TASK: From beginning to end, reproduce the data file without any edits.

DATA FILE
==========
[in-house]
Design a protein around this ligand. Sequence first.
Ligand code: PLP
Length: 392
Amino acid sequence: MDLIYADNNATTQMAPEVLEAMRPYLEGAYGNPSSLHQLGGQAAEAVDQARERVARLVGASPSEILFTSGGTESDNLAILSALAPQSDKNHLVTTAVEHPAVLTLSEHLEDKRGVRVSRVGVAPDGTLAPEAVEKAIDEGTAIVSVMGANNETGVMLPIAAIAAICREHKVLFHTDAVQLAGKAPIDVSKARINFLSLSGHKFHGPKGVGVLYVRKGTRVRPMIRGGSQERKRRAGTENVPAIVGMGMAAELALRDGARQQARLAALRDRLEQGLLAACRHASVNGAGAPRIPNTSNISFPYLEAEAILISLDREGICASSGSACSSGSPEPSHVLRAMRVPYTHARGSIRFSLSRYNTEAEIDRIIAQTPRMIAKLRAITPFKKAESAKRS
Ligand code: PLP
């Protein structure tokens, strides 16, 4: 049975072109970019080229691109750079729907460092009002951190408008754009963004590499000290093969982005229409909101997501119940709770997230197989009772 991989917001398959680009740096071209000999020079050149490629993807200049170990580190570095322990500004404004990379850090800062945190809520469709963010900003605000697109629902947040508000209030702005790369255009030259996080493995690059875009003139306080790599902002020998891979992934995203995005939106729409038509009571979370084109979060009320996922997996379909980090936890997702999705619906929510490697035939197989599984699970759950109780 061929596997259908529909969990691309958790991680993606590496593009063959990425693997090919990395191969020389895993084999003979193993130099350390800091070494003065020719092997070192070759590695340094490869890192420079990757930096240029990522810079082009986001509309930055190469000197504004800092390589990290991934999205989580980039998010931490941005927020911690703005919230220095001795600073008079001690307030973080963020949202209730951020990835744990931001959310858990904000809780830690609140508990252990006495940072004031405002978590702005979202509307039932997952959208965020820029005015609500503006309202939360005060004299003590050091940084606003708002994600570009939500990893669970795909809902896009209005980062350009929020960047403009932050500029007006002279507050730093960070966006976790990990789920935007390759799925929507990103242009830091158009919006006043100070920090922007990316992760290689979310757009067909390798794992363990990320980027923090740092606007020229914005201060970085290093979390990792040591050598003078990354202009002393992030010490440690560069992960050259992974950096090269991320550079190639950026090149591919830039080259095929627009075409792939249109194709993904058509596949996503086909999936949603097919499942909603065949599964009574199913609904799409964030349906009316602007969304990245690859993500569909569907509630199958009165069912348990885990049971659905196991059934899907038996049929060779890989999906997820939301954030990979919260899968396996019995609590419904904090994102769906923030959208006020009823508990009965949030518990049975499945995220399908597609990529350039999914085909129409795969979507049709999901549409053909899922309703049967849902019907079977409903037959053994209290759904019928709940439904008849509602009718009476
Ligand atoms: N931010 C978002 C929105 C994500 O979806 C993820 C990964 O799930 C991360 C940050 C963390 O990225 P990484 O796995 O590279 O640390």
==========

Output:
[in-house]
Design a protein around this ligand. Sequence first.
Ligand code: PLP
Length: 392
Amino acid sequence: MDLIYADNNATTQMAPEVLEAMRPYLEGAYGNPSSLHQLGGQAAEAVDQARERVARLVGASPSEILFTSGGTESDNLAILSALAPQSDKNHLVTTAVEHPAVLTLSEHLEDKRGVRVSRVGVAPDGTLAPEAVEKAIDEGTAIVSVMGANNETGVMLPIAAIAAICREHKVLFHTDAVQLAGKAPIDVSKARINFLSLSGHKFHGPKGVGVLYVRKGTRVRPMIRGGSQERKRRAGTENVPAIVGMGMAAELALRDGARQQARLAALRDRLEQGLLAACRHASVNGAGAPRIPNTSNISFPYLEAEAILISLDREGICASSGSACSSGSPEPSHVLRAMRVPYTHARGSIRFSLSRYNTEAEIDRIIAQTPRMIAKLRAITPFKKAESAKRS
Ligand code: PLP
């Protein structure tokens, strides 16, 4: 049975072109970019080229691109750079729907460092009002951190408008754009963004590499000290093969982005229409909101997501119940709770997230197989009772 991989917001398959680009740096071209000999020079050149490629993807200049170990580190570095322990500004404004990379850090800062945190809520469709963010900003605000697109629902947040508000209030702005790369255009030259996080493995690059875009003139306080790599902002020998891979992934995203995005939106729409038509009571979370084109979060009320996922997996379909980090936890997702999705619906929510490697035939197989599984699970759950109780 061929596997259908529909969990691309958790991680993606590496593009063959990425693997090919990395191969020389895993084999003979193993130099350390800091070494003065020719092997070192070759590695340094490869890192420079990757930096240029990522810079082009986001509309930055190469000197504004800092390589990290991934999205989580980039998010931490941005927020911690703005919230220095001795600073008079001690307030973080963020949202209730951020990835744990931001959310858990904000809780830690609140508990252990006495940072004031405002978590702005979202509307039932997952959208965020820029005015609500503006309202939360005060004299003590050091940084606003708002994600570009939500990893669970795909809902896009209005980062350009929020960047403009932050500029007006002279507050730093960070966006976790990990789920935007390759799925929507990103242009830091158009919006006043100070920090922007990316992760290689979310757009067909390798794992363990990320980027923090740092606007020229914005201060970085290093979390990792040591050598003078990354202009002393992030010490440690560069992960050259992974950096090269991320550079190639950026090149591919830039080259095929627009075409792939249109194709993904058509596949996503086909999936949603097919499942909603065949599964009574199913609904799409964030349906009316602007969304990245690859993500569909569907509630199958009165069912348990885990049971659905196991059934899907038996049929060779890989999906997820939301954030990979919260899968396996019995609590419904904090994102769906923030959208006020009823508990009965949030518990049975499945995220399908597609990529350039999914085909129409795969979507049709999901549409053909899922309703049967849902019907079977409903037959053994209290759904019928709940439904008849509602009718009476
Ligand atoms: N931010 C978002 C929105 C994500 O979806 C993820 C990964 O799930 C991360 C940050 C963390 O990225 P990484 O796995 O590279 O640390």